Photo from office of David Catania.

Does the DC Council need an education committee? That question has come up for debate as the committee’s chair, former mayoral candidate David Catania, prepares to step off the council.

The famously aggressive, apparently indefatigable Catania made the education committee a force to be reckoned with during the two years he was at its helm. Some applauded his efforts to light a fire under DC’s education officials, while others complained he was micromanaging the schools, and even that he was a bully.

Now some have suggested that DC Council Chair Phil Mendelson is thinking of abolishing the committee. Education activists are urging him to keep it and appoint a new chair, arguing that education issues will languish without it. Mendelson has said he doesn’t know what he’s going to do and is talking about the issue with other councilmembers.

The council had an education committee until 2006, when Vincent Gray, then the incoming council chair, abolished it. Gray argued that having education matters come before the full council would allow all members to participate. But it also gave Gray himself more influence over a hot political issue that could serve as a springboard to the mayor’s office.

Shortly after voters elected Mendelson council chair in late 2012, he decided to revive the education committee and make Catania its chair. At the time, Mendelson said those moves would be “very good in intensifying our work in public education.”

So why is Mendelson now thinking about doing away with the committee? Unlike Gray, he doesn’t seem to have mayoral ambitions, and he hasn’t demonstrated a keen interest in education, so it’s unlikely that he wants to claim the limelight for himself. Perhaps he feels the committee’s work actually became too intense.

Catania as committee chair

Catania got a lot done: among other things, he visited 150 schools, helped procure funds for school renovations, proposed a tuition-assistance program for graduates of DC high schools, revived the moribund office of school ombudsman, and introduced a sweeping package of seven bills that he drafted with the help of a law firm.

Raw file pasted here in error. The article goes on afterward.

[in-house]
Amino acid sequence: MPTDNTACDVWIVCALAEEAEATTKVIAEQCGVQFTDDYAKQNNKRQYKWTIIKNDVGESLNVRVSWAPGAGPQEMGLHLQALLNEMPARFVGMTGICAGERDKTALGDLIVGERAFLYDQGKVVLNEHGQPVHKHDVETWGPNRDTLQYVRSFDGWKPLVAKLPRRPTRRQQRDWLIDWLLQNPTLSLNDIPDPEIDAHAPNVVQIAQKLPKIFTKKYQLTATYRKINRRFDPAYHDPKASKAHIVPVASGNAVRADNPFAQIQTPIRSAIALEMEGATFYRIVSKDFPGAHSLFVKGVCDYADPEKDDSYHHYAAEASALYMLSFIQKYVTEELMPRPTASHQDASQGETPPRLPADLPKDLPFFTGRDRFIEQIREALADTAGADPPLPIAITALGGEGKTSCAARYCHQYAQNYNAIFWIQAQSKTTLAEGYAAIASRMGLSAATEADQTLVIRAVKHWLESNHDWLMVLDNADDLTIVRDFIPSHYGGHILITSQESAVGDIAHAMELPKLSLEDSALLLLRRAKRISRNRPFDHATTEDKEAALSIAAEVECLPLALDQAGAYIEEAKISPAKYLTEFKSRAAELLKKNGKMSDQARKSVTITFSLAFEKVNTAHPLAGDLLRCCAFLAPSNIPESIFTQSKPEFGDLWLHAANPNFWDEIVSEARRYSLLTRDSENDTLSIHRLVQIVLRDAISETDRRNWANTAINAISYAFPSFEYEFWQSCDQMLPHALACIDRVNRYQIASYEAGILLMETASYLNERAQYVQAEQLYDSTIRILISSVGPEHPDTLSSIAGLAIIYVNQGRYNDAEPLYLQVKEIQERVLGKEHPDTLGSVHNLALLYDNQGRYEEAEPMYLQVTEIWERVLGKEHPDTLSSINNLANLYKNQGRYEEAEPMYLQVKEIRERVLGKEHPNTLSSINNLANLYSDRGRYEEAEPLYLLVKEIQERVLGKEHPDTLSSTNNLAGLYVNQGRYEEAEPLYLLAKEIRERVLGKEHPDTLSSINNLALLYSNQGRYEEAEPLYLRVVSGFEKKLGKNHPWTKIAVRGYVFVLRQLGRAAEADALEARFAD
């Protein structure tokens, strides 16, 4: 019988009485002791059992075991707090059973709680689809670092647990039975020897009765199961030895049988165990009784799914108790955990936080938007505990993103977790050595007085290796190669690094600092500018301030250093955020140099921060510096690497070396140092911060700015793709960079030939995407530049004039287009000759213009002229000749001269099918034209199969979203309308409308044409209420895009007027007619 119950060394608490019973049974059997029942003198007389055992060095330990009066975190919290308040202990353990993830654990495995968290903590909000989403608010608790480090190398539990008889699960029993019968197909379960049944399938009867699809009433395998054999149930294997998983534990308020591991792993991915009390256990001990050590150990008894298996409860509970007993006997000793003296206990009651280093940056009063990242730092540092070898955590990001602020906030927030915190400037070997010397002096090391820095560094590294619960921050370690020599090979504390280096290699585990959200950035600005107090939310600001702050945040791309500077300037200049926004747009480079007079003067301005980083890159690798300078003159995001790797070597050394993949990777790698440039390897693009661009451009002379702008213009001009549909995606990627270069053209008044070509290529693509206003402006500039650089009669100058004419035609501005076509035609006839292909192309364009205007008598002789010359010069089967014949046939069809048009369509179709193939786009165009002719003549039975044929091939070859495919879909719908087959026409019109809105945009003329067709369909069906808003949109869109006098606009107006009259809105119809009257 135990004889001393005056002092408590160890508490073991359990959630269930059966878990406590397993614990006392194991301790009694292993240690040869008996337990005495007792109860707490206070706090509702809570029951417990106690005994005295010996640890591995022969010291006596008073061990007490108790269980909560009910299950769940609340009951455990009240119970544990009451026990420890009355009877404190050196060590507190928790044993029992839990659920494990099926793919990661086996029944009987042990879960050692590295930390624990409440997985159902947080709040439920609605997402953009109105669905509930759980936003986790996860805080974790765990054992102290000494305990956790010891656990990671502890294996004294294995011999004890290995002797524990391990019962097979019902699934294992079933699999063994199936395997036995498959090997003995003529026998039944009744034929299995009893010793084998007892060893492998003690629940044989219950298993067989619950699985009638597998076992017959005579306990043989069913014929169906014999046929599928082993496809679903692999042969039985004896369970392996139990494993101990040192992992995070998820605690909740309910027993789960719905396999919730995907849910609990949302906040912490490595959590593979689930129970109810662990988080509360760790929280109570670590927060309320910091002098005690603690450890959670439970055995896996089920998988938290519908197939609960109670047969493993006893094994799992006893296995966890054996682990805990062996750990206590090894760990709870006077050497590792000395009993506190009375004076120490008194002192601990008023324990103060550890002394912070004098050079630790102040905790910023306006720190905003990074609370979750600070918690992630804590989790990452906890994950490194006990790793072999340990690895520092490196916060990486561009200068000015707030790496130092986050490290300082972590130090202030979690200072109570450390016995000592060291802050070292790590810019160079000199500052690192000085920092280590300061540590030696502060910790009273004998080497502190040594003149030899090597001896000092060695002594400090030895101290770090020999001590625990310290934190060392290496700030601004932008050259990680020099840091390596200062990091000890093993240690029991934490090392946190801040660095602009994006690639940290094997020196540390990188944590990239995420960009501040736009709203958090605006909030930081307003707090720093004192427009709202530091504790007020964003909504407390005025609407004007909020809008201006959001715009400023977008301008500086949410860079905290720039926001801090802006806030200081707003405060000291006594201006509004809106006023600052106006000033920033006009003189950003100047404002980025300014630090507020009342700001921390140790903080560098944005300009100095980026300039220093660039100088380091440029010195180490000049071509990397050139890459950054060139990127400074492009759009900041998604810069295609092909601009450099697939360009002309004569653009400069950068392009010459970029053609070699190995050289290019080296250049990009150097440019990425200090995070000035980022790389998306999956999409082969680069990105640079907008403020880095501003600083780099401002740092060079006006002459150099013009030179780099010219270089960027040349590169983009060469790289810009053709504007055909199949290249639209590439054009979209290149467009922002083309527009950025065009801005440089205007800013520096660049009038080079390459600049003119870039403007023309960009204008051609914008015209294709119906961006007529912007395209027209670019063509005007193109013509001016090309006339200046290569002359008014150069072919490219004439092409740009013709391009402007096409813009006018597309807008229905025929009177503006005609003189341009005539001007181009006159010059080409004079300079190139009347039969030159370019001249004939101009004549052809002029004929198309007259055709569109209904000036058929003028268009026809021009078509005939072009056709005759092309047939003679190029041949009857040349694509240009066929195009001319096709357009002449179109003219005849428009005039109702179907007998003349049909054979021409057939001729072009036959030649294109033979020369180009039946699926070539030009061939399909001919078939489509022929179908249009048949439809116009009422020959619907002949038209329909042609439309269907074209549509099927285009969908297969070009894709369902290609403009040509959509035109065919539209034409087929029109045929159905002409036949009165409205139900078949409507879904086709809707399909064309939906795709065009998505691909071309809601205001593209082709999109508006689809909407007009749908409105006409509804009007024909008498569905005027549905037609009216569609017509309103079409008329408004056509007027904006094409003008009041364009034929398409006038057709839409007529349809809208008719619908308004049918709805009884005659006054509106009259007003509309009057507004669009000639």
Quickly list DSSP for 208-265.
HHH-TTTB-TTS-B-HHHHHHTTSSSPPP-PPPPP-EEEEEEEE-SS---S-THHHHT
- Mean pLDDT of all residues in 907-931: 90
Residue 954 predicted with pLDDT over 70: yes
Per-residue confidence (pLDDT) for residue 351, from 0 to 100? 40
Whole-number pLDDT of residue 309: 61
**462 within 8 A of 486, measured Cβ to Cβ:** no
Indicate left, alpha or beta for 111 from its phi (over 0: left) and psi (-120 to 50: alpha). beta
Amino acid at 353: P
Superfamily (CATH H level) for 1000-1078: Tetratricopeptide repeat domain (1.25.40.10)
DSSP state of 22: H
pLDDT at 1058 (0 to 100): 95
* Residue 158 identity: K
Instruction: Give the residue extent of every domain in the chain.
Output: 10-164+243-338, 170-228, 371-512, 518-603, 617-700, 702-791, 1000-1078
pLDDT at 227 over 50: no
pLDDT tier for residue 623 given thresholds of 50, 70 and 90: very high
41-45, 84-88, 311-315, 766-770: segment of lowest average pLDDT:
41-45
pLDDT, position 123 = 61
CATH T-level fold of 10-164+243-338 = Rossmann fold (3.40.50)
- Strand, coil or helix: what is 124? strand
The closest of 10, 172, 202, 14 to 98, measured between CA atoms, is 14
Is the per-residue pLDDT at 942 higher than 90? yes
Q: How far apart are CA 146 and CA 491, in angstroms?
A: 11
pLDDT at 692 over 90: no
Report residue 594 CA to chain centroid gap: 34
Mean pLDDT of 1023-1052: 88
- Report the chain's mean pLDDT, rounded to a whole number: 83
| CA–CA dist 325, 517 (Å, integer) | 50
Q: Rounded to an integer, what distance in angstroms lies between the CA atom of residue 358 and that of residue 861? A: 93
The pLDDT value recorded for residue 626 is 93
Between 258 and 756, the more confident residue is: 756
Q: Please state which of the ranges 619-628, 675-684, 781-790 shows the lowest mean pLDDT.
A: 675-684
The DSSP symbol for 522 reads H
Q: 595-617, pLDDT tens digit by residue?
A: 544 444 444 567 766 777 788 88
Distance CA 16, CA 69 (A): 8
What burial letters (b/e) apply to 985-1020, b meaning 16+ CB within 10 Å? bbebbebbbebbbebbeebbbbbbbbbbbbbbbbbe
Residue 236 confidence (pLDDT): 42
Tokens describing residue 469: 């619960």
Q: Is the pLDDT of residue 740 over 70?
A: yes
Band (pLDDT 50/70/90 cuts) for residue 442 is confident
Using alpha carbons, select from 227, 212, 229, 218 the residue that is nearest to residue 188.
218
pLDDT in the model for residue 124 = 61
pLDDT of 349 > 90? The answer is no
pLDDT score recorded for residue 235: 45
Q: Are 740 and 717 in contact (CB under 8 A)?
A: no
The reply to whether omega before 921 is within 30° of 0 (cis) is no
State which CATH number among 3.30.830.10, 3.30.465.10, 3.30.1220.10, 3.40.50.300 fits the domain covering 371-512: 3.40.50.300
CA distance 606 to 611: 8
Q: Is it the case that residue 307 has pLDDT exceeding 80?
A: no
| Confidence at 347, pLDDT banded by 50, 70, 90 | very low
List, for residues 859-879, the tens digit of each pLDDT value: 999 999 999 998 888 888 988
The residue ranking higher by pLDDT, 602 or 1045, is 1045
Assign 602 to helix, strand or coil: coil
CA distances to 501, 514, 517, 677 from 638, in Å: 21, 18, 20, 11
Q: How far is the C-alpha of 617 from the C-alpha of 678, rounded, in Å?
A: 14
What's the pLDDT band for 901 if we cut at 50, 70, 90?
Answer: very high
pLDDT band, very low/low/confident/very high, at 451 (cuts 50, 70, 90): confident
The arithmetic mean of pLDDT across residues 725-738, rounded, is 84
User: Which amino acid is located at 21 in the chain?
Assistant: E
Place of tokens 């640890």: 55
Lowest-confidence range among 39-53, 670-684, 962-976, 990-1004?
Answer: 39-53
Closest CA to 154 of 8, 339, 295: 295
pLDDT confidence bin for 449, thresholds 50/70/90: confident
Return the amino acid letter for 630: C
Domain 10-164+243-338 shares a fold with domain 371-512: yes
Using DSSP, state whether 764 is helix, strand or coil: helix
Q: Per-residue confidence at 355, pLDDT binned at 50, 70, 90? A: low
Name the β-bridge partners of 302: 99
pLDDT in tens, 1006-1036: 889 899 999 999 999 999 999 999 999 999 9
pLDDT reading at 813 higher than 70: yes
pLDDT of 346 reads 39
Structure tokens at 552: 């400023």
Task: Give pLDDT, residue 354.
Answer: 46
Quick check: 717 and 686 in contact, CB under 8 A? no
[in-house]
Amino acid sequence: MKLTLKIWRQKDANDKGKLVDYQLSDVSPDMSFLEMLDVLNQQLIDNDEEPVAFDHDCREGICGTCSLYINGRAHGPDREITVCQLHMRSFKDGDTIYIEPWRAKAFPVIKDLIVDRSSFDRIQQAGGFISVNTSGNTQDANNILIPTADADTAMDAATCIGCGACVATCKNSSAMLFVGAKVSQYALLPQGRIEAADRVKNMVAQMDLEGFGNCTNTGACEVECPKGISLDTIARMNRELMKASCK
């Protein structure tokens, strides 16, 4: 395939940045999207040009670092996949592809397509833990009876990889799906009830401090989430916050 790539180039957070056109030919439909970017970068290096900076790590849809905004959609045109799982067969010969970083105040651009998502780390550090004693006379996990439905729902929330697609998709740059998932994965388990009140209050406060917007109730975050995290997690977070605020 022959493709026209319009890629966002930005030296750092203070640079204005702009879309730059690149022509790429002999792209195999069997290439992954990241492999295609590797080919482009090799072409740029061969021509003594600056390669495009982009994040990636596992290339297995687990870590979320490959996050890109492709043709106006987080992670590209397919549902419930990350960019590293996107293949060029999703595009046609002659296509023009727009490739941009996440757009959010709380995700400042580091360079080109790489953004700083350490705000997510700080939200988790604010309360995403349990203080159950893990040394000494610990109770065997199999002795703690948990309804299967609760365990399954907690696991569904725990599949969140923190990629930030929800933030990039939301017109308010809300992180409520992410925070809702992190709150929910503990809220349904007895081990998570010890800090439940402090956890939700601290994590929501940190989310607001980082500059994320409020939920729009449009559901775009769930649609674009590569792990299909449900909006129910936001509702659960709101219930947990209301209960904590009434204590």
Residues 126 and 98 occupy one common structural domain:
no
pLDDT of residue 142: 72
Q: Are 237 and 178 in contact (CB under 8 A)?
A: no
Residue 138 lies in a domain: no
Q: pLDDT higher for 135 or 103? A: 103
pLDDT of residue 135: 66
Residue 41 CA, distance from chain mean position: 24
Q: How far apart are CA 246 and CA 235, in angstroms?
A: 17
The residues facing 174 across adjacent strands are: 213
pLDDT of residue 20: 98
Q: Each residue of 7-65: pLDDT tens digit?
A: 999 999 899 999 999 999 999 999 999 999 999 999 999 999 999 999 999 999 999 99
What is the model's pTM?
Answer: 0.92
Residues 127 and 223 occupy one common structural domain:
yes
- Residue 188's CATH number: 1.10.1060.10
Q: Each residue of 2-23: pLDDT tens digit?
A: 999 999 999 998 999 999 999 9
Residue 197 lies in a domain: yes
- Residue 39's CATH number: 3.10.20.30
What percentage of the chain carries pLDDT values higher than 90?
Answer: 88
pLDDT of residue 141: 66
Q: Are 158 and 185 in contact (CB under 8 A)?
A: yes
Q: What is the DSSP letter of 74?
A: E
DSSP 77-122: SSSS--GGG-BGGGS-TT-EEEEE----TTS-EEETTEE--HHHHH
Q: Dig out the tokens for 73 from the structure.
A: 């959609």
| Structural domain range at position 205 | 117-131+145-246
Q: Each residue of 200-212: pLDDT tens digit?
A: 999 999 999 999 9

Not all of those bills passed, but Catania had notable achievements with legislation that increased funding for at-risk students and overhauled the special education system.

On the other hand, some of his proposals duplicated initiatives that the Gray administration was already working on, and others seemed to be at cross purposes with them.

And in his rush to shake things up with his bills, it sometimes appeared that Catania hadn’t thought through their implications. For example, his proposed DC Promise college scholarship program threatened to jeopardize an existing federal scholarship program for DC students.

Aside from the sheer volume of things Catania did, his manner was a problem. While his supporters praised his aggressive style, it didn’t always make for smooth relations with the many other cooks in DC’s education kitchen.

He and DC Public Schools Chancellor Kaya Henderson began their relationship cordially enough, but it soon became tense. When he questioned her at committee hearings, he sometimes sounded like a litigator cross-examining a hostile witness.